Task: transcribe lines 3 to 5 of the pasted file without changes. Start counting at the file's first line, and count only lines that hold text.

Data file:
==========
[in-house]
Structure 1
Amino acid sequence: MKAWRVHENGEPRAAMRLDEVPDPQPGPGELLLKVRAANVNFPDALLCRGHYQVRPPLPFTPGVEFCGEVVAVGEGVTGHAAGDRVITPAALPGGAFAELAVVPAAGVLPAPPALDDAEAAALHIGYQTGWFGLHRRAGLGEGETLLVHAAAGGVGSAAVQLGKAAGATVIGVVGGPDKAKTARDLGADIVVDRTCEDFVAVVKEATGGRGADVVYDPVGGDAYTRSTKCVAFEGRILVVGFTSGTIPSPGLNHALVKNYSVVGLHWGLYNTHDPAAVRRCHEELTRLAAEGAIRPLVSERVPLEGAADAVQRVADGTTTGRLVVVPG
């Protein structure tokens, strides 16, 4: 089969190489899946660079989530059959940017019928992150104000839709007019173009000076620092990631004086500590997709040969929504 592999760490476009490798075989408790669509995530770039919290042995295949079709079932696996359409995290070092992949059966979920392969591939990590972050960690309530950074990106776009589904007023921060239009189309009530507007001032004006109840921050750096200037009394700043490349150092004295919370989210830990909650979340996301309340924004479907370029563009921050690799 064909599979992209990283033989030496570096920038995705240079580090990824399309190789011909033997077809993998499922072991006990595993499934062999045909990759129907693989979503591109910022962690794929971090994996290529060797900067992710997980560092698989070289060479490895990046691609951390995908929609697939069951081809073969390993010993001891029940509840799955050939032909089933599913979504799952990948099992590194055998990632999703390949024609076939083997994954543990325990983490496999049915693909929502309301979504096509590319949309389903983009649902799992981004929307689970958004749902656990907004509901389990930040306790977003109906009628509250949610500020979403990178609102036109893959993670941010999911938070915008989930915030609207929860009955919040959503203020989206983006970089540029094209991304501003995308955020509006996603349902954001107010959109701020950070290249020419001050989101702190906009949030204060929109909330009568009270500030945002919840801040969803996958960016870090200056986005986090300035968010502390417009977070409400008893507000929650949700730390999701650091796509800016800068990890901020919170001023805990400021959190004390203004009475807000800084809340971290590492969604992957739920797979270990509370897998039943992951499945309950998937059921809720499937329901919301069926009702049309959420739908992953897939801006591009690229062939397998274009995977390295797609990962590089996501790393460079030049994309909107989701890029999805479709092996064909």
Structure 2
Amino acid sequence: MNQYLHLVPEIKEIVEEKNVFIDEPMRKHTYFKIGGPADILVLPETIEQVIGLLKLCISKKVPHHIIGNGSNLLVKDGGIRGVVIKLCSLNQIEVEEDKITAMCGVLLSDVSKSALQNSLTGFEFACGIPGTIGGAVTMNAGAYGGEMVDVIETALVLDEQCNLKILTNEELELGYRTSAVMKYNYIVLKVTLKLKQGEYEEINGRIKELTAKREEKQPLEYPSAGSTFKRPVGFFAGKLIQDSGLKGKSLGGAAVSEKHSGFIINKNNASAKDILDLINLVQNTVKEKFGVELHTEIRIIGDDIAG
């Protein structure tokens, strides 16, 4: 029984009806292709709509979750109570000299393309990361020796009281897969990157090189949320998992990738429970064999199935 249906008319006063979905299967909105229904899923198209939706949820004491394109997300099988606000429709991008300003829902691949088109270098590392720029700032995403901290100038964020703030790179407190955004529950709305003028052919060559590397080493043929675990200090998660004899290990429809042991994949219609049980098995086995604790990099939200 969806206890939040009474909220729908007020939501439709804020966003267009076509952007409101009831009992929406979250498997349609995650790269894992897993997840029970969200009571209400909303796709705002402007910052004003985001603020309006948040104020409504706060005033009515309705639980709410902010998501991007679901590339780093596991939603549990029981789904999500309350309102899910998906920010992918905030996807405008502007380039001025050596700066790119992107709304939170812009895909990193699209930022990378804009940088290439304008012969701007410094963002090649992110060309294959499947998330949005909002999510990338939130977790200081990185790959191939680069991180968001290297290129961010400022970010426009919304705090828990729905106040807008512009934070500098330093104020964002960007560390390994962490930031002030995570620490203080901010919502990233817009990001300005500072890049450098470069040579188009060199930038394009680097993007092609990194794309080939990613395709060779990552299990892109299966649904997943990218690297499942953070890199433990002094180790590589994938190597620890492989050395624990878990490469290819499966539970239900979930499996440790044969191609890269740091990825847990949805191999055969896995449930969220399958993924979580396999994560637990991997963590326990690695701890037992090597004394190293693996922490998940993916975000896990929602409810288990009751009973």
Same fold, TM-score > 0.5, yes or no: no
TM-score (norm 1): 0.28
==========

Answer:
Amino acid sequence: MKAWRVHENGEPRAAMRLDEVPDPQPGPGELLLKVRAANVNFPDALLCRGHYQVRPPLPFTPGVEFCGEVVAVGEGVTGHAAGDRVITPAALPGGAFAELAVVPAAGVLPAPPALDDAEAAALHIGYQTGWFGLHRRAGLGEGETLLVHAAAGGVGSAAVQLGKAAGATVIGVVGGPDKAKTARDLGADIVVDRTCEDFVAVVKEATGGRGADVVYDPVGGDAYTRSTKCVAFEGRILVVGFTSGTIPSPGLNHALVKNYSVVGLHWGLYNTHDPAAVRRCHEELTRLAAEGAIRPLVSERVPLEGAADAVQRVADGTTTGRLVVVPG
């Protein structure tokens, strides 16, 4: 089969190489899946660079989530059959940017019928992150104000839709007019173009000076620092990631004086500590997709040969929504 592999760490476009490798075989408790669509995530770039919290042995295949079709079932696996359409995290070092992949059966979920392969591939990590972050960690309530950074990106776009589904007023921060239009189309009530507007001032004006109840921050750096200037009394700043490349150092004295919370989210830990909650979340996301309340924004479907370029563009921050690799 064909599979992209990283033989030496570096920038995705240079580090990824399309190789011909033997077809993998499922072991006990595993499934062999045909990759129907693989979503591109910022962690794929971090994996290529060797900067992710997980560092698989070289060479490895990046691609951390995908929609697939069951081809073969390993010993001891029940509840799955050939032909089933599913979504799952990948099992590194055998990632999703390949024609076939083997994954543990325990983490496999049915693909929502309301979504096509590319949309389903983009649902799992981004929307689970958004749902656990907004509901389990930040306790977003109906009628509250949610500020979403990178609102036109893959993670941010999911938070915008989930915030609207929860009955919040959503203020989206983006970089540029094209991304501003995308955020509006996603349902954001107010959109701020950070290249020419001050989101702190906009949030204060929109909330009568009270500030945002919840801040969803996958960016870090200056986005986090300035968010502390417009977070409400008893507000929650949700730390999701650091796509800016800068990890901020919170001023805990400021959190004390203004009475807000800084809340971290590492969604992957739920797979270990509370897998039943992951499945309950998937059921809720499937329901919301069926009702049309959420739908992953897939801006591009690229062939397998274009995977390295797609990962590089996501790393460079030049994309909107989701890029999805479709092996064909």
Structure 2